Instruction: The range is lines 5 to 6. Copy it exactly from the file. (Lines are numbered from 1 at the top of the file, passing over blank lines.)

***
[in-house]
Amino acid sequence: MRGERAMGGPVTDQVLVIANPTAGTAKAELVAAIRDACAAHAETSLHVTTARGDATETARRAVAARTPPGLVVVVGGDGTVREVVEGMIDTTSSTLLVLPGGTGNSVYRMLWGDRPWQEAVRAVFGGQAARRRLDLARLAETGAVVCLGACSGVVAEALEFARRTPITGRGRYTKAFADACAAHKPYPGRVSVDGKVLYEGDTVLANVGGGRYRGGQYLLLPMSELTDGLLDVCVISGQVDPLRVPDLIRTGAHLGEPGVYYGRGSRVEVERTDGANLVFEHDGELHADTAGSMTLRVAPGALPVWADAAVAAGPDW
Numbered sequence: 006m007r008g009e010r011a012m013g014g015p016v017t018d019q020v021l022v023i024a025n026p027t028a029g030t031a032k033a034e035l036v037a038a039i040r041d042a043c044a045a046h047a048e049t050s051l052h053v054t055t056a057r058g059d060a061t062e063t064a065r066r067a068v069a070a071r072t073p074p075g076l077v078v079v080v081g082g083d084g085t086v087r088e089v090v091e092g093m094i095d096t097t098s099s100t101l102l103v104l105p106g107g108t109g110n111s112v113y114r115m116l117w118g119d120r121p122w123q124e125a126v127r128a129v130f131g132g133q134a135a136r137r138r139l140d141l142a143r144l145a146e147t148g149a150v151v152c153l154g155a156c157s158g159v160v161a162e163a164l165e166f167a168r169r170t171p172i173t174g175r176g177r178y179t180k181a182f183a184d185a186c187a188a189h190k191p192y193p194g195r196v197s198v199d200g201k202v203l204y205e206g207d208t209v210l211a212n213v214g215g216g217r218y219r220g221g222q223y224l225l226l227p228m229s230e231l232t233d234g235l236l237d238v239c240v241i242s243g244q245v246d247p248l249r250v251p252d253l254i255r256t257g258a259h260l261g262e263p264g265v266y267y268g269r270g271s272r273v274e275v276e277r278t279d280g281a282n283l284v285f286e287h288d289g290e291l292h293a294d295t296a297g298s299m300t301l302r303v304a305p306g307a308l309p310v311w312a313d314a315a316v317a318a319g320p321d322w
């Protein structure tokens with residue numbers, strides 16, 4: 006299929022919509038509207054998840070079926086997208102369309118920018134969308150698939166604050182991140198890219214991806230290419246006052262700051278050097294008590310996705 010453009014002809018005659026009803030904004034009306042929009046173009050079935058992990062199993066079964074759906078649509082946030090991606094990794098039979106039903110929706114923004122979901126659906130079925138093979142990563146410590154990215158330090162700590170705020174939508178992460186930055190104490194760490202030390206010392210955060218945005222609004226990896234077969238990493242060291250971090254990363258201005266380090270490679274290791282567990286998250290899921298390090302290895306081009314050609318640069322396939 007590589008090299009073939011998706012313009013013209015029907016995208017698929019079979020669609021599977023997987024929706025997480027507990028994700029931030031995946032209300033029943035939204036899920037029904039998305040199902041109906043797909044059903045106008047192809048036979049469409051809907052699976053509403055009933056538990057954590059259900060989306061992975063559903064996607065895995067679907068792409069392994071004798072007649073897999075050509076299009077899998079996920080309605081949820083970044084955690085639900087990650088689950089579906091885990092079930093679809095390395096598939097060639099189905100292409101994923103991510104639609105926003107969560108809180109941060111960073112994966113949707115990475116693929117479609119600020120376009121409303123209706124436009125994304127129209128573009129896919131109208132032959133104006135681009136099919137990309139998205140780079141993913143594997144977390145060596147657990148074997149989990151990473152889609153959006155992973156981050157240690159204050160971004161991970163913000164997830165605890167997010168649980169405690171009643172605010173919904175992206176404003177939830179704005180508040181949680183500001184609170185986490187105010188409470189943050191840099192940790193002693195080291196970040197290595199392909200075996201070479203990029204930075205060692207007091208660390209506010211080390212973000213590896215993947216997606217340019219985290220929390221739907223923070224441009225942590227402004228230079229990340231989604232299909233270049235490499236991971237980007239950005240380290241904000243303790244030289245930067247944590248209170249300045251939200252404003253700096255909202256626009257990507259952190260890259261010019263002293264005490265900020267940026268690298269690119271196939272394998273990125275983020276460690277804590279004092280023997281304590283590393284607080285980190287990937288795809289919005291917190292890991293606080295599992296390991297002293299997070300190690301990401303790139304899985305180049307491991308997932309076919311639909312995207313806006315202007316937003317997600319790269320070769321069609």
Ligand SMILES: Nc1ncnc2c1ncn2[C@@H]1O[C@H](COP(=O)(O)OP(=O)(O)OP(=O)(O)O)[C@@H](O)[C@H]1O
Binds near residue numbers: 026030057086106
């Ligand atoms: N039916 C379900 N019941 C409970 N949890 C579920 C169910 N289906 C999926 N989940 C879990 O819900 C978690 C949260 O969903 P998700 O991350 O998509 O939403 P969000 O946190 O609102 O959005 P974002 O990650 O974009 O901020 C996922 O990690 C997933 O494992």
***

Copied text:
Ligand SMILES: Nc1ncnc2c1ncn2[C@@H]1O[C@H](COP(=O)(O)OP(=O)(O)OP(=O)(O)O)[C@@H](O)[C@H]1O
Binds near residue numbers: 026030057086106